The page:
Nutley Students are Digitally Distracted
On January 29, 2019, the John H. Walker Middle School counselors will bring in Tom Kersting to present parents and students with his program, Digitally Distracted. This program is directed towards the JHWMS families, but encouraged to everyone in the Nutley district. Mrs. Alisa Gennace, the 7th grade counselor, was offered this program in her son’s school district and, as a counselor, she felt this was perfect for JHWMS. Digitally Distracted is a project, led by Kersting, which attempts to reconnect students with the real world and avoid increased screen time. As school counselors, Mrs. Jill Divilio, Mr. Joseph Capello, and Mrs. Alisa Gennace, have recognized their students’ constant worry about their technology rather than what is going on around them.
Nutley parents’ concern has grown over the years regarding their children being glued to their electronic devices and the counselors of JHWMS feel that Kersting best covers these worries. This program was developed from the book Disconnected: How to Reconnect Our Digitally Distracted Kids, written by Kersting. In the book, he displays how technology is taking over and how parents can prevent this for their children. The counselors expect that Kersting will be able to educate the parents and students of the long term effects of screen time and give suggestions on how to deal with this growing issue. He will present his audience with a Powerpoint with topics that he believes are the most relevant to cover. Divilio hopes that the students will take from the program, “an understanding of the importance of limiting their technology use and reconnecting with their peers and families in a real world setting.”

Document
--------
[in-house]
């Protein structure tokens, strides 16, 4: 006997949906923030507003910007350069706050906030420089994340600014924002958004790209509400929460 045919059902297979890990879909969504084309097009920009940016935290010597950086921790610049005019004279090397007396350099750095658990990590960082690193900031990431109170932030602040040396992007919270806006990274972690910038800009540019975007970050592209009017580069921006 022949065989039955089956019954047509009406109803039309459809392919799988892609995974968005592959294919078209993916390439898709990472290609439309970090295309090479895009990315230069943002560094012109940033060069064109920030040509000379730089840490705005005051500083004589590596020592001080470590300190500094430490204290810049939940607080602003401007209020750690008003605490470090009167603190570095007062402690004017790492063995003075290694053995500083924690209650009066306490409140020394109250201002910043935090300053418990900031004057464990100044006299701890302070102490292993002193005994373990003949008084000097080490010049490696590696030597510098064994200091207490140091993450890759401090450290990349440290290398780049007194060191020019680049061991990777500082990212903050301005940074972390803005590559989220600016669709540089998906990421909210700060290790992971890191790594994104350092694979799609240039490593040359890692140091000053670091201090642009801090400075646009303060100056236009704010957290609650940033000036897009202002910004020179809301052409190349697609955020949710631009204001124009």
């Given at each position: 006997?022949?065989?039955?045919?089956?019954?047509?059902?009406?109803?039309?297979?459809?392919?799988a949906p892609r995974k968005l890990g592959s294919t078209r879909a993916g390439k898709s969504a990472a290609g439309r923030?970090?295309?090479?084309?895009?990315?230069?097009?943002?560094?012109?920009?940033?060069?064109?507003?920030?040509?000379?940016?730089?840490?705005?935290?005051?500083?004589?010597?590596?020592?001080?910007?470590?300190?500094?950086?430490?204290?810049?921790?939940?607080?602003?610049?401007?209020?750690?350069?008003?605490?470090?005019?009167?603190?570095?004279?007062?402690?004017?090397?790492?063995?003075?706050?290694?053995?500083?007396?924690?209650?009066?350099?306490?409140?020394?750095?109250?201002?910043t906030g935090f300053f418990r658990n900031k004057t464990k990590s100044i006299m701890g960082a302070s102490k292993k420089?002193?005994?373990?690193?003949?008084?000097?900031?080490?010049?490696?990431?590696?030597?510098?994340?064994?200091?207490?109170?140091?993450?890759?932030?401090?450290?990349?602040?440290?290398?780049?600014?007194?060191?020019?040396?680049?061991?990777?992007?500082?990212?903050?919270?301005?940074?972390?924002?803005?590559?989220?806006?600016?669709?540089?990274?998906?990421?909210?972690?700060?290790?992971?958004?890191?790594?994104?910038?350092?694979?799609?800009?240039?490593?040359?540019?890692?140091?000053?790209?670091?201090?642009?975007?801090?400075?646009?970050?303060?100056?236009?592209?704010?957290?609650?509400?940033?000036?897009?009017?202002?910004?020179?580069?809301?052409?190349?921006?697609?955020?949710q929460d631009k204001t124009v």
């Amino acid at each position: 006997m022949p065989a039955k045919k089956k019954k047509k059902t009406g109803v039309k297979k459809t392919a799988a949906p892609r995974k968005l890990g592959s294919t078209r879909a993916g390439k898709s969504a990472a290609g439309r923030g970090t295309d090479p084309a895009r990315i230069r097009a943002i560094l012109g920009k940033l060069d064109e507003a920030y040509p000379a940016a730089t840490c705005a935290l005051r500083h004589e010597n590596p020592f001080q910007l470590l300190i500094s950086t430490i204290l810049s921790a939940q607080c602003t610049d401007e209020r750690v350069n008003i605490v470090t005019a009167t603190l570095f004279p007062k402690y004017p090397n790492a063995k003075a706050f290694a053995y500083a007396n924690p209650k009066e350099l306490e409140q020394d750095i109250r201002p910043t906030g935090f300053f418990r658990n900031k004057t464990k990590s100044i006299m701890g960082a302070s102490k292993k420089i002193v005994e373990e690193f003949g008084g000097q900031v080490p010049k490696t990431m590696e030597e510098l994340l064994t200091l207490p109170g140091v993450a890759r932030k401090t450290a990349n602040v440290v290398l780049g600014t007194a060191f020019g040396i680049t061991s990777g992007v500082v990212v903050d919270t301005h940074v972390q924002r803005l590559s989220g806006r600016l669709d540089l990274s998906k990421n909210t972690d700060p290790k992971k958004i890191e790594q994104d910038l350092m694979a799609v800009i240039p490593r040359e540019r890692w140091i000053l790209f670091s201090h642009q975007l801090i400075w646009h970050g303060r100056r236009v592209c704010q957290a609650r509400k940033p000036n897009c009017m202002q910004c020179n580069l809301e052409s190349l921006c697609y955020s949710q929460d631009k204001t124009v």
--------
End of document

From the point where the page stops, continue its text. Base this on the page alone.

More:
Most students are unaware of how dangerous their devices can be for them. This problem is not only in the middle school; high school and elementary students are also seen as digitally distracted. “Not only are middle school students distracted by their devices, but we have observed this at the elementary level because students as young as third and fourth grade have phones and use social media accounts such as Instagram,” Divilio explains. She is worried about the future of these students because as they get older this addiction will progressively get worse and students will begin to lose their connection to the real world.
Although Kersting will be speaking to the students and parents for only one night, the counselors hope to provide his lessons and ideas on his behalf throughout the school year so their students are safe, healthy, and not digitally distracted. The counselors hope to convey the message, “that student self-worth is not based upon likes and friends they have on social media.”